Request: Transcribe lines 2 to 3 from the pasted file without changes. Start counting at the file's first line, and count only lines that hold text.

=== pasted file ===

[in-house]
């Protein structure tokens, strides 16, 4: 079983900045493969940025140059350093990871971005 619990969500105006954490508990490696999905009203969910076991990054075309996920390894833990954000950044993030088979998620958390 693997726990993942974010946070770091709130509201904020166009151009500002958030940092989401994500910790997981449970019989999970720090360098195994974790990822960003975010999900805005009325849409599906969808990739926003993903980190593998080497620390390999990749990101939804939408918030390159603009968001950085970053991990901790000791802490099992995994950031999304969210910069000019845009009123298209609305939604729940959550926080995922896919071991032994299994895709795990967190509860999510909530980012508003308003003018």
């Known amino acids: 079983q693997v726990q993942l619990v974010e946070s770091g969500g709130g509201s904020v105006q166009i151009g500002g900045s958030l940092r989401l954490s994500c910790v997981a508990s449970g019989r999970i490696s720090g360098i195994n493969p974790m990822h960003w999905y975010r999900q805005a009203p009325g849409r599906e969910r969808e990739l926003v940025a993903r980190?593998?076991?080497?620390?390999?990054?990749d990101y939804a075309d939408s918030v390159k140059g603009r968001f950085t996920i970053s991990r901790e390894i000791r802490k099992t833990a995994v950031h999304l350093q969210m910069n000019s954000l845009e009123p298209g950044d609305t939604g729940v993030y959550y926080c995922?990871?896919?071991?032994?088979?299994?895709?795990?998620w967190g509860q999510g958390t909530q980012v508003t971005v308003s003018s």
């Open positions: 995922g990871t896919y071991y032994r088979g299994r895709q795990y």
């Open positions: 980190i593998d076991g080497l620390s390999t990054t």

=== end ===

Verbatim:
């Protein structure tokens, strides 16, 4: 079983900045493969940025140059350093990871971005 619990969500105006954490508990490696999905009203969910076991990054075309996920390894833990954000950044993030088979998620958390 693997726990993942974010946070770091709130509201904020166009151009500002958030940092989401994500910790997981449970019989999970720090360098195994974790990822960003975010999900805005009325849409599906969808990739926003993903980190593998080497620390390999990749990101939804939408918030390159603009968001950085970053991990901790000791802490099992995994950031999304969210910069000019845009009123298209609305939604729940959550926080995922896919071991032994299994895709795990967190509860999510909530980012508003308003003018």
């Known amino acids: 079983q693997v726990q993942l619990v974010e946070s770091g969500g709130g509201s904020v105006q166009i151009g500002g900045s958030l940092r989401l954490s994500c910790v997981a508990s449970g019989r999970i490696s720090g360098i195994n493969p974790m990822h960003w999905y975010r999900q805005a009203p009325g849409r599906e969910r969808e990739l926003v940025a993903r980190?593998?076991?080497?620390?390999?990054?990749d990101y939804a075309d939408s918030v390159k140059g603009r968001f950085t996920i970053s991990r901790e390894i000791r802490k099992t833990a995994v950031h999304l350093q969210m910069n000019s954000l845009e009123p298209g950044d609305t939604g729940v993030y959550y926080c995922?990871?896919?071991?032994?088979?299994?895709?795990?998620w967190g509860q999510g958390t909530q980012v508003t971005v308003s003018s």